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During the sixteenth century, Spaniards were inspired by the power and the prestige of their nation, and the impact of Christianity had a significant role in driving its colonialization intentions. In multiple areas around the world, from the Orient to America, there was a strive of Spain to suppress paganism and establish humanistic Christian ideas associated with the Renaissance. For instance, the natives of the lands were oppressed and forced to settle in compact villages, taught to live and work as laborers. However, the mission to forge spiritual unity in the world by eliminating all remnants of Protestantism was aggressive and self-confident. The level to which they elevated their legal and moral basis for authority was extremely high – Spaniards believed that they could be regarded as better than other nationalities.
The main issue contributing to Spain’s imperialism and religious colonialism was the close union of the state and the Church despite their features of autonomy. The Church of Spain supported the military power of the country and was enthusiastic about setting new objectives and targets. Moreover, the imperialism of Spain was both theocratic and bureaucratic, with the royal council of the Indies having supreme jurisdiction over all spheres of colonial endeavors. Therefore, there was a lack of balance between bureaucracy and theocracy, which led to the increased contributions of the Church in the conquest, and the colonization of the Philippines represents a bright example of this issue.
When intending to colonize the Philippines, Spain set three clear objectives:
- Get a large share in the trade of spices, which was monopolized by Portugal;
- Create strong contacts with Japan and China to influence their Christianization;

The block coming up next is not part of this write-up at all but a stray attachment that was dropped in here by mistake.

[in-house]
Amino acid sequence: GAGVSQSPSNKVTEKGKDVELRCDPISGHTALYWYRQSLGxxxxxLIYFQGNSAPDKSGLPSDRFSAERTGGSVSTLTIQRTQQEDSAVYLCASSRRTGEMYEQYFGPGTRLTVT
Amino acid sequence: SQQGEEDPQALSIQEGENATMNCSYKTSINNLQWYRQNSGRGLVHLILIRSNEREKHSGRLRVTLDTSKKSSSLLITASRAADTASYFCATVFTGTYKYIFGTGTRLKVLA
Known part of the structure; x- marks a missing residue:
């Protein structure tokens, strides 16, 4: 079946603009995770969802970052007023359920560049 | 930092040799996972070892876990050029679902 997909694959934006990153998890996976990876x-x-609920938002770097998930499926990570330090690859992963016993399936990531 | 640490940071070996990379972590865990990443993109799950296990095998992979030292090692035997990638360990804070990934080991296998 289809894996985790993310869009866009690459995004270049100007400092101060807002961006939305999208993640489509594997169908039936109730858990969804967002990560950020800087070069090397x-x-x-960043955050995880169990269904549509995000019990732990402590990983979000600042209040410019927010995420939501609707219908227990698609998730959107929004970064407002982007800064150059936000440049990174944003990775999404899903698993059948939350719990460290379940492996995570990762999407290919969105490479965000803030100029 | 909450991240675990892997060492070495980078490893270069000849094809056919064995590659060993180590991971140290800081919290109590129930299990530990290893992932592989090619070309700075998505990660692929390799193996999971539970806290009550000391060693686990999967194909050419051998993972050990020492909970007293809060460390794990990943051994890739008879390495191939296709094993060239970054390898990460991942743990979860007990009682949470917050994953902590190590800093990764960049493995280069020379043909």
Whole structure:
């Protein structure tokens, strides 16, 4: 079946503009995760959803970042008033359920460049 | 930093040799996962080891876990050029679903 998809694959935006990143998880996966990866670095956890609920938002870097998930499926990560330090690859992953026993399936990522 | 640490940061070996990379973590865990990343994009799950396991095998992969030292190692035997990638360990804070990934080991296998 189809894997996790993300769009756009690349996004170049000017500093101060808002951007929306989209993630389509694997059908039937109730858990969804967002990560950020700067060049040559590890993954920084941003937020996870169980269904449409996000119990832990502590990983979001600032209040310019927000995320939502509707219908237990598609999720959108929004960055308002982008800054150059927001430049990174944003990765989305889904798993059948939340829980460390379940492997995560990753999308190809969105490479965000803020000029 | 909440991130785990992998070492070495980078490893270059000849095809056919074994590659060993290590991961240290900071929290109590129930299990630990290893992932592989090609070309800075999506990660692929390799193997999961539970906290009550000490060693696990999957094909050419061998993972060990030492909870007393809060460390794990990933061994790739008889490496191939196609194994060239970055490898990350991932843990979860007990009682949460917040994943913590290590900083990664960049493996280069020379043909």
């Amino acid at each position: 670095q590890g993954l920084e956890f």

- Convert all inhabitants of the archipelago to Christianity (Phelan, 2010).
Despite Philip II’s intention to colonize the Philippines without bloodshed, the first phase of the conquest did not occur peacefully. However, a greater negative impact came from economic dislocations: the agriculture of the land could not provide for the two large groups of non-productive consumers (the Chinese and the Spaniards). The exasperating economic crisis drove the conflict between the colonizers and the Filipinos. However, it can be concluded that the conquest did not manage to erase the existing culture and habits. This can be explained by the fact that before the colonization, Filipinos had established a culture with its rules and customs, with such aspects as marital traditions, the dependent status, social roles, governmental relations, and others.
Knowledge about the Spanish conquest of the Philippines is important for understanding the history and the intentions behind colonization. Enforcing one’s traditions, culture, and religion on other countries with diverse history and heritage is an ambitious but egoistic solution for spreading the influence of one government on a global scale.
Phelan, J. L. (2010). The Hispanization of the Philippines: Spanish aims and Filipino responses, 1565-1700 (new perspectives in se Asian studies). Madison, WI: University of Wisconsin Press.